I think everyone has had enough of winter by now. We’ve had over 100 inches of snow in one month here in lovely MA and it has also been freezing cold. Even if they could manage to get themselves over the immense snow banks, it’s too cold for my little nuggets after about 10 minutes. I’ve had it. The only silver lining I can find is that I have really been on a roll in the kitchen.
With more time indoors and at home, I’ve had the ability to try new things or make meals that usually take a little more time. One meal my whole family universally loves is roasted chicken. Who doesn’t?? With these long days, I’ve had the time to roast a chicken once a week. One 4 pound chicken will give us 1 dinner and extra meat for lunches for the following few days. What I love most though, is saving the bones to make stock.
Making stock was one skill I always wanted to master. The act of making stock is so fulfilling. It is the best way to get back to our primal nature of using the whole animal. I feel like I truly honor the chicken by using it in its entirely, without waste. It is also a great way to access some of the best nutrients, such as minerals and gelatin. Although there is some debate around the benefits of bone broth or stock, everyone can admit that stock can make an ordinary soup into something wholesome and nurturing, with a whole depth of delicious flavors to boot.
They key to making delicious stock is time. The carcass needs to simmer at a low temperature for as long as possible to extract the nutritious and yummy goodness. I have fond memories of my grandmother’s stockpot working away on the stove. However, having two young kids and interest in leaving the house, this method just doesn’t get the job done. The solution is the ever-useful slow cooker.
All you need is your chicken carcass, water, a tablespoon of vinegar, salt, and an assortment of veggies for added flavor. Put it all in your slow cooker and let it do the work all day. Here are some tips I use to get the most out of my stock:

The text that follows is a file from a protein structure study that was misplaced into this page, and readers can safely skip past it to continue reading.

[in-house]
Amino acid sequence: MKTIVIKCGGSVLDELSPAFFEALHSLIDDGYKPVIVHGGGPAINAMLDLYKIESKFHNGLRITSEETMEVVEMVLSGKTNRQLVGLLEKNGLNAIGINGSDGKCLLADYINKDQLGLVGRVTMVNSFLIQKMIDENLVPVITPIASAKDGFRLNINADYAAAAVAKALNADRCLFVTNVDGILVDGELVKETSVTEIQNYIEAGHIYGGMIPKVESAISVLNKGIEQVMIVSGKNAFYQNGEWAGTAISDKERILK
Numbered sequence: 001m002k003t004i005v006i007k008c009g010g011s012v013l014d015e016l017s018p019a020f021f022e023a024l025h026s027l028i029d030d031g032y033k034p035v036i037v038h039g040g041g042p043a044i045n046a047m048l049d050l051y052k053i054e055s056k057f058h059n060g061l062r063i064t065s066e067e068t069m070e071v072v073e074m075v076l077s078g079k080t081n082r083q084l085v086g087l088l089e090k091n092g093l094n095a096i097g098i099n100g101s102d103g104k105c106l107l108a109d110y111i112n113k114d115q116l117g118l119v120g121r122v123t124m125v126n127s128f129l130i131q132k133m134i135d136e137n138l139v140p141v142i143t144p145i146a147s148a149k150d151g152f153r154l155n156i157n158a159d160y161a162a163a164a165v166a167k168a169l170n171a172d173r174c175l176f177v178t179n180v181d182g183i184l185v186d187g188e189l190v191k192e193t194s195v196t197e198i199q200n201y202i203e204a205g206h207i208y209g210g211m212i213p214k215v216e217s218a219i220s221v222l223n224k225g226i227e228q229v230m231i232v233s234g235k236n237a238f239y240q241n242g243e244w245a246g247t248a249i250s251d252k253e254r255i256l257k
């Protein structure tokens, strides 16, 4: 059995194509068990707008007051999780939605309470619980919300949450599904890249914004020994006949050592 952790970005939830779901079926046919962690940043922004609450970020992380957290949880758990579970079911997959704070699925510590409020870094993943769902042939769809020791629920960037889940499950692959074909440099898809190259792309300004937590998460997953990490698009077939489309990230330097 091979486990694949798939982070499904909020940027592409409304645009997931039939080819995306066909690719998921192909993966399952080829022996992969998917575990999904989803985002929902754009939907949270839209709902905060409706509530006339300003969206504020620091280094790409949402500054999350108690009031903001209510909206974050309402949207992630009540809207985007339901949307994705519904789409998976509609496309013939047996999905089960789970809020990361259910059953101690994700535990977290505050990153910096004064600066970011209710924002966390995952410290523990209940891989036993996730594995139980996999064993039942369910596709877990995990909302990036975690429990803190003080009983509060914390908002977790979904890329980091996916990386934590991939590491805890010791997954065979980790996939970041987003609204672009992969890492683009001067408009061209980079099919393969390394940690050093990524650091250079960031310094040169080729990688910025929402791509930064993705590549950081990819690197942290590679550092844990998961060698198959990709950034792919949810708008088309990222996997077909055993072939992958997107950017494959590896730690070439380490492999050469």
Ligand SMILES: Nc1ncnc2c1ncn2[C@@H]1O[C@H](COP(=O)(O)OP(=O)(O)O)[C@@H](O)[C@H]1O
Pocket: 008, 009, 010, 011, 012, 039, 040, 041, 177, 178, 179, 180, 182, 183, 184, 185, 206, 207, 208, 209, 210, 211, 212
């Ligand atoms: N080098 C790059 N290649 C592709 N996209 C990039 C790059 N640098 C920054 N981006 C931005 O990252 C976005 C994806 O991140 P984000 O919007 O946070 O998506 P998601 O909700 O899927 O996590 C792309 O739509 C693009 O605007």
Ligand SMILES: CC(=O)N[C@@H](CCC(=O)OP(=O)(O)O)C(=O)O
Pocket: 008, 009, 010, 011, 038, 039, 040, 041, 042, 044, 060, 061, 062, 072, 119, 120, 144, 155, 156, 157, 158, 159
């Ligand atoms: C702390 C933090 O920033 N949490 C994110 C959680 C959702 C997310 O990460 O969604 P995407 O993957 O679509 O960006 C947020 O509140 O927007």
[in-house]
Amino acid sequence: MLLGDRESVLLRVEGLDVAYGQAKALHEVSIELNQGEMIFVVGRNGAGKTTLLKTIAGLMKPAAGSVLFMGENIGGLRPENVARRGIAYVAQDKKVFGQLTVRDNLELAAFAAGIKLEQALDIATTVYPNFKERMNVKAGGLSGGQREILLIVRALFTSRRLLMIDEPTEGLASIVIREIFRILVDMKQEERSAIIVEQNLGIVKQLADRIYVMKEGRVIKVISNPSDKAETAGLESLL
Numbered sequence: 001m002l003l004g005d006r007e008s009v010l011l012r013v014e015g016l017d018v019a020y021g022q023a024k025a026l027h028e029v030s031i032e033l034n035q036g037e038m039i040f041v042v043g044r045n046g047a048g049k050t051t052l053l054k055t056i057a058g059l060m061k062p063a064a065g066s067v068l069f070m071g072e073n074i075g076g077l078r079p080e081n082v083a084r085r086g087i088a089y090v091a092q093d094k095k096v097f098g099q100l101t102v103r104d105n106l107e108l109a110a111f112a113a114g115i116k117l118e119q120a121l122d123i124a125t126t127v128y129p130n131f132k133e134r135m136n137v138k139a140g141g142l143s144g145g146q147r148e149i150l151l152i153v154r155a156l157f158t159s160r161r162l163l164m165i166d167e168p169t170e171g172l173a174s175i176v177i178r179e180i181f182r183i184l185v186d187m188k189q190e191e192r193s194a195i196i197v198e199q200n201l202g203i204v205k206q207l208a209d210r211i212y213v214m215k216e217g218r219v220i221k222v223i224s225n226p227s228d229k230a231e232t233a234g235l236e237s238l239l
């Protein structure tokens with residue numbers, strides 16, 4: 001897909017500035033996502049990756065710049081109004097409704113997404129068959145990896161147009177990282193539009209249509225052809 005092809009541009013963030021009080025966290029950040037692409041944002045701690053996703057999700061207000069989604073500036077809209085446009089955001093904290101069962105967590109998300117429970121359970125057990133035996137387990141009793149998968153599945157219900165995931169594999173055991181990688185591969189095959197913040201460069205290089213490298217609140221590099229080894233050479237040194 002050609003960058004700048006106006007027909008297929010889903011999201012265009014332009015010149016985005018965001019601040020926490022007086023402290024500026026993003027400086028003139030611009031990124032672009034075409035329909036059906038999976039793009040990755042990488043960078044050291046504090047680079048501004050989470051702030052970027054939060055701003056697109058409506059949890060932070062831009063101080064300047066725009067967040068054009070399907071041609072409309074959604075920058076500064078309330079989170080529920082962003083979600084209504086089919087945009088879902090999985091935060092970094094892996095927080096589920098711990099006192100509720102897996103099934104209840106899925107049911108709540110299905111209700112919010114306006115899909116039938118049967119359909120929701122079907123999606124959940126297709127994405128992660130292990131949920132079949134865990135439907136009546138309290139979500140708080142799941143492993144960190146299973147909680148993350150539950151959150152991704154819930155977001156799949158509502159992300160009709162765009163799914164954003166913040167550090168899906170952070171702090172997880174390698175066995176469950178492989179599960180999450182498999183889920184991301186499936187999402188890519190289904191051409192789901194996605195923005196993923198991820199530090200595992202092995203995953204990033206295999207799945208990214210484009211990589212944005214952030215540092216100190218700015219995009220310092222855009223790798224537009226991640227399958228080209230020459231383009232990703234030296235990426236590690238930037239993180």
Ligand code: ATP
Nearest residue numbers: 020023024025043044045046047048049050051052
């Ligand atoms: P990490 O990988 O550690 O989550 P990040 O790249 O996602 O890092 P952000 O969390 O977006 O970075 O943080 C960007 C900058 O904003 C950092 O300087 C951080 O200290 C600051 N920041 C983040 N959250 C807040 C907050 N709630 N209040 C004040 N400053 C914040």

- Use quality water, whatever you would drink.
- Add vegetables to enhance flavor/nutrients. Typically, I always use onion, carrots and celery. However, I also save vegetable bits, such as, broccoli stems, asparagus ends, or kale stems. It’s a great way to reduce vegetable waste and add flavor to your stock.
- If using fresh herbs, add them for the last hour of cooking, since they are more delicate.
- Leave the skin on your onions to enhance stock color. Cool trick I learned.
- The longer your stock cooks, the better. I typically start it in the morning and end it after the kids go to bed (8:00 or so). You can also have it go overnight.
- Freeze your finished stock in 1 or 2 cup increments for later use.
- If you have a chicken carcass but you aren’t ready to make stock, freeze it. When you are ready, just pop it into the slow cooker. No need to defrost beforehand.
Getting into the habit of making stock, is a great way to enhance your recipes and feel good about the way you make the most of food. The slow cooker makes this daunting endeavor, easy and doable in our busy lives. It requires a little effort, but the reward is worth every drop. Enjoy!
- 1-2 chicken carcasses (bones with skin, extra fat removed)
- 1 Tbsp apple cider vinegar
- Enough water to submerge chicken
- 2 tsp salt
- Assorted vegetables (carrots, celery, onion, broccoli/kale/asparagus stems, herbs)
- Add all ingredients to a slow cooker, except for any fresh herbs if using.
- Set slow cooker on high (4 hour) and cook for 2 hours.
- Reduce slow cooker to lowest setting (10 hour) and cook for as long as possible, 8 hours minimum is ideal.
- Stop the slow cooker and allow to cool down for a half hour to one hour. I usually remove the whole ceramic bowl containing the stock to expedite cooling.
- Set up a mesh strainer over a large bowl. Pour stock through strainer to remove chicken bones and veggies.
- Allow stock to cool and refrigerate overnight.
- Remove stock from refrigerator and skim any fat off the top. The stock should be gelatinous, like a bowl of jell-o.
- Use within a few days or freeze for later use.